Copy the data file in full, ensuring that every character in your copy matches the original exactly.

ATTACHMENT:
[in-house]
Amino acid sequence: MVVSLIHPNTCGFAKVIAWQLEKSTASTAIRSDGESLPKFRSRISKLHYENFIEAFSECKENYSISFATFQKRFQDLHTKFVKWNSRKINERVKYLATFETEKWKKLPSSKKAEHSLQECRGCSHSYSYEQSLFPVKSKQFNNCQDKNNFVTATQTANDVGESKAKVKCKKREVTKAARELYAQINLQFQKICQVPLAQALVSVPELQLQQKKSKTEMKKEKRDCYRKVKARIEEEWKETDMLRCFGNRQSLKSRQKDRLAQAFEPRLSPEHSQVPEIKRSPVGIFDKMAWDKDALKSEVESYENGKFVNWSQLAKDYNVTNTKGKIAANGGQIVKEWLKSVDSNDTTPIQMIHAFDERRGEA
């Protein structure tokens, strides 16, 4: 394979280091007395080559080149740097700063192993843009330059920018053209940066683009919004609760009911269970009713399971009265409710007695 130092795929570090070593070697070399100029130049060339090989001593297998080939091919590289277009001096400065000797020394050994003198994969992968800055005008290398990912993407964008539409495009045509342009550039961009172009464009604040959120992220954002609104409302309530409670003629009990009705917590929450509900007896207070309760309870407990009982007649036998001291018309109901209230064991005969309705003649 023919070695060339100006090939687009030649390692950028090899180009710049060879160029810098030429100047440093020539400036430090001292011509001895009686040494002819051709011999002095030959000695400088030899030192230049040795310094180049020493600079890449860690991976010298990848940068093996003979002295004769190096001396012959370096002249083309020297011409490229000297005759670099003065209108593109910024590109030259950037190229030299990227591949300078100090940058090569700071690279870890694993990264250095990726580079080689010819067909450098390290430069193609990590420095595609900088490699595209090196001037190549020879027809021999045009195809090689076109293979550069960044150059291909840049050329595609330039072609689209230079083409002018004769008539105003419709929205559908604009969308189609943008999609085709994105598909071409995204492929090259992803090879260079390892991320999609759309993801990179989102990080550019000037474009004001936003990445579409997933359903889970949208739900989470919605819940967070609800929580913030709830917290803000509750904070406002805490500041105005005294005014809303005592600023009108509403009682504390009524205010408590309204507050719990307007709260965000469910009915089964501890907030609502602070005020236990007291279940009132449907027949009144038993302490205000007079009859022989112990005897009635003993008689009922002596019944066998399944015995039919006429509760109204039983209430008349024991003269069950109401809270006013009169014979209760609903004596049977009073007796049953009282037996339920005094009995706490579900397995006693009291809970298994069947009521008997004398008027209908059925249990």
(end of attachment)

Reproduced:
[in-house]
Amino acid sequence: MVVSLIHPNTCGFAKVIAWQLEKSTASTAIRSDGESLPKFRSRISKLHYENFIEAFSECKENYSISFATFQKRFQDLHTKFVKWNSRKINERVKYLATFETEKWKKLPSSKKAEHSLQECRGCSHSYSYEQSLFPVKSKQFNNCQDKNNFVTATQTANDVGESKAKVKCKKREVTKAARELYAQINLQFQKICQVPLAQALVSVPELQLQQKKSKTEMKKEKRDCYRKVKARIEEEWKETDMLRCFGNRQSLKSRQKDRLAQAFEPRLSPEHSQVPEIKRSPVGIFDKMAWDKDALKSEVESYENGKFVNWSQLAKDYNVTNTKGKIAANGGQIVKEWLKSVDSNDTTPIQMIHAFDERRGEA
């Protein structure tokens, strides 16, 4: 394979280091007395080559080149740097700063192993843009330059920018053209940066683009919004609760009911269970009713399971009265409710007695 130092795929570090070593070697070399100029130049060339090989001593297998080939091919590289277009001096400065000797020394050994003198994969992968800055005008290398990912993407964008539409495009045509342009550039961009172009464009604040959120992220954002609104409302309530409670003629009990009705917590929450509900007896207070309760309870407990009982007649036998001291018309109901209230064991005969309705003649 023919070695060339100006090939687009030649390692950028090899180009710049060879160029810098030429100047440093020539400036430090001292011509001895009686040494002819051709011999002095030959000695400088030899030192230049040795310094180049020493600079890449860690991976010298990848940068093996003979002295004769190096001396012959370096002249083309020297011409490229000297005759670099003065209108593109910024590109030259950037190229030299990227591949300078100090940058090569700071690279870890694993990264250095990726580079080689010819067909450098390290430069193609990590420095595609900088490699595209090196001037190549020879027809021999045009195809090689076109293979550069960044150059291909840049050329595609330039072609689209230079083409002018004769008539105003419709929205559908604009969308189609943008999609085709994105598909071409995204492929090259992803090879260079390892991320999609759309993801990179989102990080550019000037474009004001936003990445579409997933359903889970949208739900989470919605819940967070609800929580913030709830917290803000509750904070406002805490500041105005005294005014809303005592600023009108509403009682504390009524205010408590309204507050719990307007709260965000469910009915089964501890907030609502602070005020236990007291279940009132449907027949009144038993302490205000007079009859022989112990005897009635003993008689009922002596019944066998399944015995039919006429509760109204039983209430008349024991003269069950109401809270006013009169014979209760609903004596049977009073007796049953009282037996339920005094009995706490579900397995006693009291809970298994069947009521008997004398008027209908059925249990």